When you volunteer, you get the chance to practice important “soft skills” that can benefit your career such as communication, project planning, teamwork, and problem solving. You can also learn new skills ranging from web design to cooking to whatever you can imagine.

If you’re thinking about changing careers, volunteering can help you network with people in your desired field and get experience in your area of interest. You can also use your skills to benefit an organization: If you’re a good writer, why not try your hand at grant writing? If you design and build websites for a living, put your skills to work for your favorite nonprofit.

Most of all, volunteering brings a sense of fun and fulfillment to your life. It can be a relaxing way to get an escape from your day-to-day routine while also helping people. If you like being outdoors, for example, why not volunteer at a community garden or to help rebuild a hiking trail? It can also help you be more creative and motivated, which will carry over into your personal and work life, and it can even help you manage your time better.

What benefits has volunteering had for you? Please share your thoughts in the comments.

Trump’s Election Caused a Huge Spike in Donations to Nonprofit News Outlets

Nonprofit news outlets received a huge spike in donations after the election of Donald Trump.

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Perhaps it shouldn’t come as a surprise, but nonprofit news sources like ProPublica, the Marshall Project, or NPR, have seen a huge boost in donations since Donald Trump won the presidential election.

For example, ProPublica received $750,000 in donations after the election—much more than all the money raised from small-dollar donors in 2015.

This is a good turn of events for these organizations, because relying on grants from a few big funders is not a sustainable model for these groups, or any nonprofits at all, for that matter. The sharp rise in small individual donations shows that the general public has figured out the importance of the role of nonprofit news sources in advancing the public interest.

What nonprofit news outlets need to do now is figure out how to use that money and keep it coming. ProPublica has started regular coverage of hate crimes and the growing influence of white supremacists. Center for Public Integrity CEO John Dunbar told Inside Philanthropy, “We’re spending a lot of time right now deciding exactly how we’re going to cover President-elect Trump. Without a doubt, these funds will help us in our investigations of the administration.”

Nonprofit news outlets would be very well served to invest some of the influx of donations in fundraising capacity so they will be able to raise and maintain the diversified donor base that will keep them functioning for many years to come.

And of course, there is a political aspect to all of this that will be hard to address. While outlets like NPR are technically nonpartisan, they’re certainly favored by progressives, which can create the perception of a conflict of interest or biased reporting.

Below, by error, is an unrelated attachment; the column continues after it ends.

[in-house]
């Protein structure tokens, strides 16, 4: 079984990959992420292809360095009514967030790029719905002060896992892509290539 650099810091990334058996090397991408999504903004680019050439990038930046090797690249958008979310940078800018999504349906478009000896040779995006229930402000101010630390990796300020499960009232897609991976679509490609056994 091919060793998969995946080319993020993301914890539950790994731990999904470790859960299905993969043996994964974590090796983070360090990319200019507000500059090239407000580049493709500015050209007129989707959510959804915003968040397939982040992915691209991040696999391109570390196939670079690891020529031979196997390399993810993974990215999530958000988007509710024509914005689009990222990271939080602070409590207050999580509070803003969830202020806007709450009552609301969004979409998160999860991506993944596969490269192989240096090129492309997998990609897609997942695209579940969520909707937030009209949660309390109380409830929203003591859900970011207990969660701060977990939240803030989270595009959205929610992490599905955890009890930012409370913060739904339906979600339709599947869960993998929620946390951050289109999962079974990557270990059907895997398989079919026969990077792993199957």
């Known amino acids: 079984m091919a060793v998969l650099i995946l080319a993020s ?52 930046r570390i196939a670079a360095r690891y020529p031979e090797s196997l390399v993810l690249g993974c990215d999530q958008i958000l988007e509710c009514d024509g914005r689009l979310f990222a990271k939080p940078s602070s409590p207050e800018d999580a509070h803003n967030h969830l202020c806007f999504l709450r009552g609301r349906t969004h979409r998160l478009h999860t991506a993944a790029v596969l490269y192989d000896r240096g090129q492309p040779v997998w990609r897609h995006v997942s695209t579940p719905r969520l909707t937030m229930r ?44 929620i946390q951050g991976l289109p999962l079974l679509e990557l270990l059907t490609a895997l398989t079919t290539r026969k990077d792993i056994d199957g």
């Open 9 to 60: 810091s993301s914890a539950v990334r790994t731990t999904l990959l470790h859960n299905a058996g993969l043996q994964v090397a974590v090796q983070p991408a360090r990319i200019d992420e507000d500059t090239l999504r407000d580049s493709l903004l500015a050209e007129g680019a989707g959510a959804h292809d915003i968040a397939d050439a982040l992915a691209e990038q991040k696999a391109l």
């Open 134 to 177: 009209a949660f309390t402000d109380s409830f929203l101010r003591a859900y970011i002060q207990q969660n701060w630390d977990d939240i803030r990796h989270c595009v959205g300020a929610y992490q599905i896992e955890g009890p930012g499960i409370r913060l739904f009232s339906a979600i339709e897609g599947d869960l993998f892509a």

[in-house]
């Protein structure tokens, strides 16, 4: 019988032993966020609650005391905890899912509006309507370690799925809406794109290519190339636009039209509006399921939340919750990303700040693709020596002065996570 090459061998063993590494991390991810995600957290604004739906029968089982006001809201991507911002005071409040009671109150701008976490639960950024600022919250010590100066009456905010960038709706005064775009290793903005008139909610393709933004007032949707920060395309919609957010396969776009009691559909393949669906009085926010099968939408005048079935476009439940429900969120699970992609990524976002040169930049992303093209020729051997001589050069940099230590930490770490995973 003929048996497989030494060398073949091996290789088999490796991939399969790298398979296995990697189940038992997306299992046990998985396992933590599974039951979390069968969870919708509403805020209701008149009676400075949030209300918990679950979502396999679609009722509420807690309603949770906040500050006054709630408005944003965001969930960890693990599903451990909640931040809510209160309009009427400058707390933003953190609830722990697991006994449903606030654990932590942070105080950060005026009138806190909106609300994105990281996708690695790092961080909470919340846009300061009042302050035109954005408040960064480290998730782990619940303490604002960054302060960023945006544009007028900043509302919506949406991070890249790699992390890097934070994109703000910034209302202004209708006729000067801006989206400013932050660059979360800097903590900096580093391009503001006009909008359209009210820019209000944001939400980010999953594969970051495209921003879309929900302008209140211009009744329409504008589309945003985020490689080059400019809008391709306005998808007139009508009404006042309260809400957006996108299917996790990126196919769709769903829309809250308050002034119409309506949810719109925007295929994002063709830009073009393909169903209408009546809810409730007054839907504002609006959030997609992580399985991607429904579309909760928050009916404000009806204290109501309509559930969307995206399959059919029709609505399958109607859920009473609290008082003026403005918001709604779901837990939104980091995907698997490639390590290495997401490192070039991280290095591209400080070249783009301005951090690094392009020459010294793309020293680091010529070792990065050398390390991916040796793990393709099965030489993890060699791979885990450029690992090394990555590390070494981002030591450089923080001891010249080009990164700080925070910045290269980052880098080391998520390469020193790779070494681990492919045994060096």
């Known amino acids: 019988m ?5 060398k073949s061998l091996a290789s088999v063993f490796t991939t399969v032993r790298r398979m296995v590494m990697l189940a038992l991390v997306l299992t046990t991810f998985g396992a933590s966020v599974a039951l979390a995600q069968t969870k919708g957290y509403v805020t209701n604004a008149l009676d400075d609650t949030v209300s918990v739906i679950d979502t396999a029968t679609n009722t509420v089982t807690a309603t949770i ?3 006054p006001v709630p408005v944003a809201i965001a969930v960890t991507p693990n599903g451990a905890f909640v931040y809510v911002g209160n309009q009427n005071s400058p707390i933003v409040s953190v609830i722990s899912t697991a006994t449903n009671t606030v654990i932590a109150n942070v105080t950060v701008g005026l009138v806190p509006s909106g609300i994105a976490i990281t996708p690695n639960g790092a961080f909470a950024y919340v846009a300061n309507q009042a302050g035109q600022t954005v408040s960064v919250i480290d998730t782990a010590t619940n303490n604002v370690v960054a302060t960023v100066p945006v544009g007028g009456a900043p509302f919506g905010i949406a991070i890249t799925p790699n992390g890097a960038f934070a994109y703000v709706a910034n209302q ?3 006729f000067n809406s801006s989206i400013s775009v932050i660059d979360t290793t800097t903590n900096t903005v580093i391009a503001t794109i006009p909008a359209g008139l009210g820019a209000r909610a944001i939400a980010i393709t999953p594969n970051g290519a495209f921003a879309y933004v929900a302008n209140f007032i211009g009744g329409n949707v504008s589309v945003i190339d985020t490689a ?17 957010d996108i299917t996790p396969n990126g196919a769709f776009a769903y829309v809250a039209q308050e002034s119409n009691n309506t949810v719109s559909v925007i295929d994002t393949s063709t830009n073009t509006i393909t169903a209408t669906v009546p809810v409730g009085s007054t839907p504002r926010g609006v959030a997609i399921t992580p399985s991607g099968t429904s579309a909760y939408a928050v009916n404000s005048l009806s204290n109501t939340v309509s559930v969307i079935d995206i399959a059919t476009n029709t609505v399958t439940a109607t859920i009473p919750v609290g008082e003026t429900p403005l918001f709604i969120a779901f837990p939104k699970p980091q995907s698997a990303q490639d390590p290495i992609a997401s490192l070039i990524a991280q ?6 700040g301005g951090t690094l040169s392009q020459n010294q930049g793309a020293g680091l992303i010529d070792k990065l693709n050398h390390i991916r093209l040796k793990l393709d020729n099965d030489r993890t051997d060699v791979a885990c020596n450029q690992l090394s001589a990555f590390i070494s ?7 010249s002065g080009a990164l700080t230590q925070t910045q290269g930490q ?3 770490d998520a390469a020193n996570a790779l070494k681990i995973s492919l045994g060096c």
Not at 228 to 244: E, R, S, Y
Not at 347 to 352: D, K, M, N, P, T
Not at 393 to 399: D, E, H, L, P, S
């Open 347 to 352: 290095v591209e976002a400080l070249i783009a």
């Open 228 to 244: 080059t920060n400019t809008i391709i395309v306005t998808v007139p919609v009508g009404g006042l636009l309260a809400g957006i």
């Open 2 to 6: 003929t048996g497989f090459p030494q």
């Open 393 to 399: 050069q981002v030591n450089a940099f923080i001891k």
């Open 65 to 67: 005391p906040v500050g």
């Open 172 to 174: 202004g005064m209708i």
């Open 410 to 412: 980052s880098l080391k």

Will nonprofit news outlets be able to overcome this perception of bias? Probably not, since the extreme right already brands centrist major media outlets as “liberal,” but the important thing is that these organizations keep doing their work. They can expect to receive a lot of flack from more conservative news outlets and talk show hosts, though.

“Our mission is not to overthrow Donald Trump,” says Carroll Bogert, the president of the Marshall Project. “Our mission is to make more people care about criminal justice, and we do that through journalism. And that’s a very important function of media in a democracy.”

We Could Be Giving More Effectively

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Photo: Shutterstock

The holiday season is typically a time for extra generosity, whether because of a cultural association with the holidays as a time of giving or because of the desire to make end-of-year donations for tax purposes.

However, according to a recent article in the Wall Street Journal, Americans have a variety of fallacies that prevent us from being as generous as we could be.

The WSJ conducted a survey of its followers on social media and found that there are three main mistakes people make when giving to charity.

Mistake 1: The martyrdom effect

Dr. Christopher Olivola says that one of the biggest mistakes people make is what he refers to as the Martyrdom Effect. That is, people prefer to give in a way that requires sacrifice or discomfort, such as bicycling across a state to raise funds or taking the ice-bucket challenge, rather than writing a check. In fact, donating money can be a great deal more effective because a charity can use a cash donation to greater effect than they can one person’s volunteer efforts.

Mistake 2: The other-nothing neglect

In another study, Dr. Olivola concludes that people tend to think of donating as a means of giving up our own happiness for the sake of others. In other words, people tend to think of what they have to lose by being generous but don’t think as easily about what others gain by their generosity. If we focus more on the benefits to others, we won’t as easily fall prey to this logical fallacy.

Mistake 3: The unexpected joy of giving

In this logical fallacy, people believe that giving money involves a sacrifice of happiness. But study after study has confirmed that people actually feel happier when they spend money on someone else than they do on spending it on themselves. Think about how you feel when you give gifts to a friend or family member: Typically it makes you happy to purchase a thoughtful gift that you’ve bought just for them. It’s the same thing with philanthropy: Donating to an organization that helps people or animals in need just feels good.

Given, the study the WSJ did doesn’t meet the standards of academic rigor like the ones Dr. Olivola has done, but the anecdotal evidence produced by the WSJ survey certainly backs up what’s been documented in scientific research.